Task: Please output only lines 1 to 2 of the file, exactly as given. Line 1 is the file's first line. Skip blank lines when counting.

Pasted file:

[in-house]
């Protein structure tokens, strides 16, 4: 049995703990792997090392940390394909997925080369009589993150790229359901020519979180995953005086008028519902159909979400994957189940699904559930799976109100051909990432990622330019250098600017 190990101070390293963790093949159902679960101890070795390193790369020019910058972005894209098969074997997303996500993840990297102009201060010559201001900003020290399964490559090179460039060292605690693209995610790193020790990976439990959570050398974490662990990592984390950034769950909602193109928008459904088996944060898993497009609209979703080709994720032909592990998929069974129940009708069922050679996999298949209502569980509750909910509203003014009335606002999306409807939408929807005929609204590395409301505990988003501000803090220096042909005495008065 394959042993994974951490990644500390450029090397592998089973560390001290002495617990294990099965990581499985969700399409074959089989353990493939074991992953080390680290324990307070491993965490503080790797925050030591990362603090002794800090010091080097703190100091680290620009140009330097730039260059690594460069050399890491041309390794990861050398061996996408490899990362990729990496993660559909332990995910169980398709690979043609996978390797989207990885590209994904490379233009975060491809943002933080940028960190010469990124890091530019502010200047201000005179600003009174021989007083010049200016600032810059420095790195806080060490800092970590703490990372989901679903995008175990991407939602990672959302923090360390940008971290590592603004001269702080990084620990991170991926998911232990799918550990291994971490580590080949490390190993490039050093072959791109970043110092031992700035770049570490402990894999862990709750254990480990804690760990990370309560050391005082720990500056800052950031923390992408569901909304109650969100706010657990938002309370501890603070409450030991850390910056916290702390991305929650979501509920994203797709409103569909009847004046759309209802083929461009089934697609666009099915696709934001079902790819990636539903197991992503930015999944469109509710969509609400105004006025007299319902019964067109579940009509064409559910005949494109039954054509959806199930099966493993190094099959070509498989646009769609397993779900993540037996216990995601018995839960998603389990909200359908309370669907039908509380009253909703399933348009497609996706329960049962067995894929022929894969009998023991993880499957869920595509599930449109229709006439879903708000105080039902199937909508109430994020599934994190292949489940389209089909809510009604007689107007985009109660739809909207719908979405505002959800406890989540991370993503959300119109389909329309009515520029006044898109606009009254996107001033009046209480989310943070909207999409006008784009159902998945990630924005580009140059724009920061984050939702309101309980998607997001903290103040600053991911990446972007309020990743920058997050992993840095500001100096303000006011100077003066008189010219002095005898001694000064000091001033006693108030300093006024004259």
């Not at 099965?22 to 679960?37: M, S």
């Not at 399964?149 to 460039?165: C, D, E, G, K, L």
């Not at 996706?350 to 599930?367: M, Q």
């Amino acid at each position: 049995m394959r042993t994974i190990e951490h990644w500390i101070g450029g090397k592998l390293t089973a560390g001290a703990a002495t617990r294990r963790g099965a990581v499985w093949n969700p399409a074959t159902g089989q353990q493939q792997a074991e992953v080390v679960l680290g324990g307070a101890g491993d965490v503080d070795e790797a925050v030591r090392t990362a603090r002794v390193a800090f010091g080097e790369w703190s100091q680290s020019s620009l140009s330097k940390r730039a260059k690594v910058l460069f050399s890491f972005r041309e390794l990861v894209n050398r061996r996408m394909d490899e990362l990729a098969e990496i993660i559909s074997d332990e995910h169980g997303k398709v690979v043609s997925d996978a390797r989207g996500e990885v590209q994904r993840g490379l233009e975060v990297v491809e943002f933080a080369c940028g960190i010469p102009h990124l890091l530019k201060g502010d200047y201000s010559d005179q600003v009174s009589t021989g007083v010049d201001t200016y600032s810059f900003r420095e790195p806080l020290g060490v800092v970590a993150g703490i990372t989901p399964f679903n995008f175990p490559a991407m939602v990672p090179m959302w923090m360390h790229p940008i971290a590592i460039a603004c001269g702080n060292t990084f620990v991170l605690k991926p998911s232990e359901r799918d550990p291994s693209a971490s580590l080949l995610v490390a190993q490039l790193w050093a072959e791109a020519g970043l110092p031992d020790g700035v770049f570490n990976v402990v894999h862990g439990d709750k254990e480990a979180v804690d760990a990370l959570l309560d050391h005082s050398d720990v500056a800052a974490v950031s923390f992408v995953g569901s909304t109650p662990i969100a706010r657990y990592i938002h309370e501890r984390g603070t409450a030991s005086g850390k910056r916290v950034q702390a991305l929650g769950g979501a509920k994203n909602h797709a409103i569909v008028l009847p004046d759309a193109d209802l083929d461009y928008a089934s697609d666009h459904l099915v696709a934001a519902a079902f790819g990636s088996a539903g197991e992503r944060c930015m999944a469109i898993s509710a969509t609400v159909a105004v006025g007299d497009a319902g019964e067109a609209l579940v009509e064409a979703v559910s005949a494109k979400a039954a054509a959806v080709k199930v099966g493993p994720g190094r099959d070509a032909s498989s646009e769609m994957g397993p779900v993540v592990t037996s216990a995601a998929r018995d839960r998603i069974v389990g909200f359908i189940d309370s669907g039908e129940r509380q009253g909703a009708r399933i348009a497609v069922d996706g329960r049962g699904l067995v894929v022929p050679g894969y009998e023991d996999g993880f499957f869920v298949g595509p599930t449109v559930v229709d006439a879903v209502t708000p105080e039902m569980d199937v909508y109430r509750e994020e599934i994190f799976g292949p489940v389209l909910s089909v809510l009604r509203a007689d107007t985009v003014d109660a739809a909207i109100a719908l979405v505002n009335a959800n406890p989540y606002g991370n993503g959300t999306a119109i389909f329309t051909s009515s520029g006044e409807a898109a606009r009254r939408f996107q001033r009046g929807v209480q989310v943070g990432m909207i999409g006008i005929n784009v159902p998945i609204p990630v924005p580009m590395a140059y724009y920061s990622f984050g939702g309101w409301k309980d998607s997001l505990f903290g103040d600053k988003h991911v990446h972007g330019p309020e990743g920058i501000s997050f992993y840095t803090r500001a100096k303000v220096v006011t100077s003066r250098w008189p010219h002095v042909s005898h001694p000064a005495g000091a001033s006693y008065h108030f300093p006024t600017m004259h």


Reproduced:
[in-house]
């Protein structure tokens, strides 16, 4: 049995703990792997090392940390394909997925080369009589993150790229359901020519979180995953005086008028519902159909979400994957189940699904559930799976109100051909990432990622330019250098600017 190990101070390293963790093949159902679960101890070795390193790369020019910058972005894209098969074997997303996500993840990297102009201060010559201001900003020290399964490559090179460039060292605690693209995610790193020790990976439990959570050398974490662990990592984390950034769950909602193109928008459904088996944060898993497009609209979703080709994720032909592990998929069974129940009708069922050679996999298949209502569980509750909910509203003014009335606002999306409807939408929807005929609204590395409301505990988003501000803090220096042909005495008065 394959042993994974951490990644500390450029090397592998089973560390001290002495617990294990099965990581499985969700399409074959089989353990493939074991992953080390680290324990307070491993965490503080790797925050030591990362603090002794800090010091080097703190100091680290620009140009330097730039260059690594460069050399890491041309390794990861050398061996996408490899990362990729990496993660559909332990995910169980398709690979043609996978390797989207990885590209994904490379233009975060491809943002933080940028960190010469990124890091530019502010200047201000005179600003009174021989007083010049200016600032810059420095790195806080060490800092970590703490990372989901679903995008175990991407939602990672959302923090360390940008971290590592603004001269702080990084620990991170991926998911232990799918550990291994971490580590080949490390190993490039050093072959791109970043110092031992700035770049570490402990894999862990709750254990480990804690760990990370309560050391005082720990500056800052950031923390992408569901909304109650969100706010657990938002309370501890603070409450030991850390910056916290702390991305929650979501509920994203797709409103569909009847004046759309209802083929461009089934697609666009099915696709934001079902790819990636539903197991992503930015999944469109509710969509609400105004006025007299319902019964067109579940009509064409559910005949494109039954054509959806199930099966493993190094099959070509498989646009769609397993779900993540037996216990995601018995839960998603389990909200359908309370669907039908509380009253909703399933348009497609996706329960049962067995894929022929894969009998023991993880499957869920595509599930449109229709006439879903708000105080039902199937909508109430994020599934994190292949489940389209089909809510009604007689107007985009109660739809909207719908979405505002959800406890989540991370993503959300119109389909329309009515520029006044898109606009009254996107001033009046209480989310943070909207999409006008784009159902998945990630924005580009140059724009920061984050939702309101309980998607997001903290103040600053991911990446972007309020990743920058997050992993840095500001100096303000006011100077003066008189010219002095005898001694000064000091001033006693108030300093006024004259």